QUAD and the Indo-Pacific Region: Towards a Multifaceted Future

 Debajit Boruah
1st May 2021

During the last few decades, certain geopolitical developments have shaped the Indo-Pacific region. In the 21st century, the region has emerged as a center of power politics due to its geopolitical and geostrategic significance. Currently, the region has been undergoing new geostrategic and geopolitical dynamics due to geostrategic moves of the major powers towards this region. This geopolitical and geostrategic maneuver is creating concerns for the existing regional security framework in the region.  The strategic location, natural resources, oil and mineral resources inherent in the region have been some of the major reasons for turning it into an arena of geopolitical rivalry among world powers and regional states. Of all the countries, the rise of China and the assertive turn in its foreign policy and security strategy in the region has coalesced other major powers to find strategic convergences in managing the ramifications of China’s rise. Geopolitical tensions have been on the rise in the region, owing to China’s growing expansionist economic and foreign policy and their strategic foothold in the region, particularly evident in the South China Sea. The Chinese government is looking for a new strategies, new options, where it can invest more in the countries around the Indo-Pacific region.

The growing competition between China and India in the Indian Ocean region and US response to China’s anti-access and area denial strategies in the region adds a new dimension to geopolitical significance of the region. The US is encouraging India to become a regional naval power in the region. The US perceptions of the growing Chinese maritime threat and its desire to see India grow as a regional balancing power against China in the Indian Ocean region have been major factors in shaping the evolving discourse around the regional security architecture. But the Indian External Affairs Minister S Jaishankar said “Indo-Pacific is for something, not against somebody and that something is peace, security, stability, prosperity, and rules. We are looking at a landscape where a numbers of independent players work together for global good”.

Therefore, the Quadrilateral Security Initiative (QUAD) between India, the US, Japan and Australia is not just about China. It is an inclusive strategic dialogue among four countries. The third meeting of the foreign ministers of the group was very quickly followed by the first virtual summit between the leaders of the Quad countries, emphasizing the significance that is being accorded to the grouping. The QUAD countries have been exchanging their views on regional and global issues especially cooperation towards maintaining a free, open and inclusive Indo-Pacific. QUAD is not only centered on geopolitical and security consideration, QUAD countries have also discussed to combat the Covid-19 pandemic, global climate change and other issues of mutual interest like counter terrorism and maritime security. QUAD countries have also discussed about the prospects of using Indian manufacturing capacity to produce vaccine funded by the United States and Japan and deliver to the Indo-Pacific countries.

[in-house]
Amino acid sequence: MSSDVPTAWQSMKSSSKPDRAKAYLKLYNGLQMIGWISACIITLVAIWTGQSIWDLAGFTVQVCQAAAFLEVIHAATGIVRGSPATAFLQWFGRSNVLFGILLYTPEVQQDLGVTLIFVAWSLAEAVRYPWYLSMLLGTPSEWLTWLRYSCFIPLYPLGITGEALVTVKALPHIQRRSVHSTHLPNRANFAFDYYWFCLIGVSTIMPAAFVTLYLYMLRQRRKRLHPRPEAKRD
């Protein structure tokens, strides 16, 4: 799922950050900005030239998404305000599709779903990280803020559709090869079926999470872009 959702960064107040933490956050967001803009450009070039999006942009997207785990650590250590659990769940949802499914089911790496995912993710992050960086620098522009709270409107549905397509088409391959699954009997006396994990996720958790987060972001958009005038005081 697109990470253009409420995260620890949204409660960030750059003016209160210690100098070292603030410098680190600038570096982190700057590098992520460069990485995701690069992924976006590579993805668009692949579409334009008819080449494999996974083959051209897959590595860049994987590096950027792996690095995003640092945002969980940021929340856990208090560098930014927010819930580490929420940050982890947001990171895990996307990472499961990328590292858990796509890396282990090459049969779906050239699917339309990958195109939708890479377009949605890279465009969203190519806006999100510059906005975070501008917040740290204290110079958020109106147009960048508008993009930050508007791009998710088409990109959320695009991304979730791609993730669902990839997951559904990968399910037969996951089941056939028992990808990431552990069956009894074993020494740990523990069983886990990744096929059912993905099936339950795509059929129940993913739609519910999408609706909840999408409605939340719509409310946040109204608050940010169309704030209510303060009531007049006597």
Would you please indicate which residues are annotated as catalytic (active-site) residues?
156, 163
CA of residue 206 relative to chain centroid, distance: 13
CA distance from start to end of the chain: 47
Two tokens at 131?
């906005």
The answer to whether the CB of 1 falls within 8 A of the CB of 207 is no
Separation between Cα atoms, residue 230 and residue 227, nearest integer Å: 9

China obviously sees QUAD in a different light. Chinese officials clearly see it as “Mini NATO”. Chinese officials see it as something that is developing for the containment of China. However, QUAD countries have clearly adhered to the objective to maintain a free, open, transparent and inclusive Indo-Pacific. Covid-19 vaccine is one of those issues, which clearly indicates that QUAD is not merely a military mechanism to prevent Chinese provocation in the Indo-Pacific region. It has many other dimensions too. QUAD countries have been sharing same democratic values, which is not shared by China, which is an authoritarian communist state. QUAD has been trying to build a multipolar Indo-Pacific and put emphasis on prioritizing multilateralism. External Affairs Minister S Jaishankar commented that India, Japan, the US and Australia under the “Quad” was very much in keeping with changing times and a reflection of the evolving landscape of a multipolar world.

Even while suffering from the ravages of the coronavirus pandemic, India has been playing a major role in providing vaccine in several countries of the Indo-Pacific region and beyond. The United Nation Secretary General said that there are 130 countries in the world which still do not have vaccine. Therefore, in this dimension, QUAD countries can play an important role. India routinely conducts bilateral and multilateral military exercise with its QUAD partners like Malabar with the US and Japan, JIMEX with Japan, AUSINDEX with Australia.

New debates and deliberations are emerging relating to probable QUAD Plus or QUAD 2.0 arrangements. They share data information, look on common interests and they have done several logistic agreements. The QUAD countries have been undergoing discussions on cyber cooperation, and undertaking tabletop exercises etc. There is nothing officially called QUAD plus but in official and foreign secretariat level meeting, talks  about QUAD plus have been evolving. Earlier QUAD focused on mainly maritime and military cooperation but QUAD 2.0 might be exploring more on cooperation in infrastructure initiatives. Apart from maritime and military cooperation, the QUAD countries must engage in multilateral institutions and should adopt more collective approaches in the region.

* The author is a PhD Scholar, Department of International Relations, Sikkim University, Gangtok